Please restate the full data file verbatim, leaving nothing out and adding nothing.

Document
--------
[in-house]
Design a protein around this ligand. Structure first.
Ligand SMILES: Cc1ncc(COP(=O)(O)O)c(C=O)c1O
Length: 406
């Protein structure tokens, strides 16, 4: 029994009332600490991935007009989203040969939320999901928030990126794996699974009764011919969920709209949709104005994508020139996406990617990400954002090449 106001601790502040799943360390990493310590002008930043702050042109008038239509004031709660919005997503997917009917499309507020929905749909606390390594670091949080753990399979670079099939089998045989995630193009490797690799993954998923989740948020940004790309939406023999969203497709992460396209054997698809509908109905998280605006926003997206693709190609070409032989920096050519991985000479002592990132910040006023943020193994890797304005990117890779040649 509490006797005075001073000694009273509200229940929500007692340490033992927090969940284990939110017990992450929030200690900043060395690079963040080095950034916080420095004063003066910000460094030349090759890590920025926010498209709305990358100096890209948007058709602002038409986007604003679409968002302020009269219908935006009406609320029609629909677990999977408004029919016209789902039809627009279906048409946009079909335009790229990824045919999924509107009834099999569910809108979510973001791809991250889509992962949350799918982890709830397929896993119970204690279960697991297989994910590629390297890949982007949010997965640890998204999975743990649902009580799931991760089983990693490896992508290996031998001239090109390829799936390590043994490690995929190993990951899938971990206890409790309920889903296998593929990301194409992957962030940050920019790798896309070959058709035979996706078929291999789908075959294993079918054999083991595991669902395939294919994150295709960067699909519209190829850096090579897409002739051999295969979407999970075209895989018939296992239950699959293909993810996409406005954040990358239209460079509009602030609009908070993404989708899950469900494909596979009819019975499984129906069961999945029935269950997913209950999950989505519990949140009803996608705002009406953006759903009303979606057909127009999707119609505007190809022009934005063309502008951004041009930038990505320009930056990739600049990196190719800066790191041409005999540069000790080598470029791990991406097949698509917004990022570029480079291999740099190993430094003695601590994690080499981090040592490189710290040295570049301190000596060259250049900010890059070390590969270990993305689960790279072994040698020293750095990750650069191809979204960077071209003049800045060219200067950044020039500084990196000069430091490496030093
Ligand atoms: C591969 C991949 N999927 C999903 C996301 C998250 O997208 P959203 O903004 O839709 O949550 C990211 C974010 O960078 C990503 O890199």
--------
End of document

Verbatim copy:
[in-house]
Design a protein around this ligand. Structure first.
Ligand SMILES: Cc1ncc(COP(=O)(O)O)c(C=O)c1O
Length: 406
């Protein structure tokens, strides 16, 4: 029994009332600490991935007009989203040969939320999901928030990126794996699974009764011919969920709209949709104005994508020139996406990617990400954002090449 106001601790502040799943360390990493310590002008930043702050042109008038239509004031709660919005997503997917009917499309507020929905749909606390390594670091949080753990399979670079099939089998045989995630193009490797690799993954998923989740948020940004790309939406023999969203497709992460396209054997698809509908109905998280605006926003997206693709190609070409032989920096050519991985000479002592990132910040006023943020193994890797304005990117890779040649 509490006797005075001073000694009273509200229940929500007692340490033992927090969940284990939110017990992450929030200690900043060395690079963040080095950034916080420095004063003066910000460094030349090759890590920025926010498209709305990358100096890209948007058709602002038409986007604003679409968002302020009269219908935006009406609320029609629909677990999977408004029919016209789902039809627009279906048409946009079909335009790229990824045919999924509107009834099999569910809108979510973001791809991250889509992962949350799918982890709830397929896993119970204690279960697991297989994910590629390297890949982007949010997965640890998204999975743990649902009580799931991760089983990693490896992508290996031998001239090109390829799936390590043994490690995929190993990951899938971990206890409790309920889903296998593929990301194409992957962030940050920019790798896309070959058709035979996706078929291999789908075959294993079918054999083991595991669902395939294919994150295709960067699909519209190829850096090579897409002739051999295969979407999970075209895989018939296992239950699959293909993810996409406005954040990358239209460079509009602030609009908070993404989708899950469900494909596979009819019975499984129906069961999945029935269950997913209950999950989505519990949140009803996608705002009406953006759903009303979606057909127009999707119609505007190809022009934005063309502008951004041009930038990505320009930056990739600049990196190719800066790191041409005999540069000790080598470029791990991406097949698509917004990022570029480079291999740099190993430094003695601590994690080499981090040592490189710290040295570049301190000596060259250049900010890059070390590969270990993305689960790279072994040698020293750095990750650069191809979204960077071209003049800045060219200067950044020039500084990196000069430091490496030093
Ligand atoms: C591969 C991949 N999927 C999903 C996301 C998250 O997208 P959203 O903004 O839709 O949550 C990211 C974010 O960078 C990503 O890199």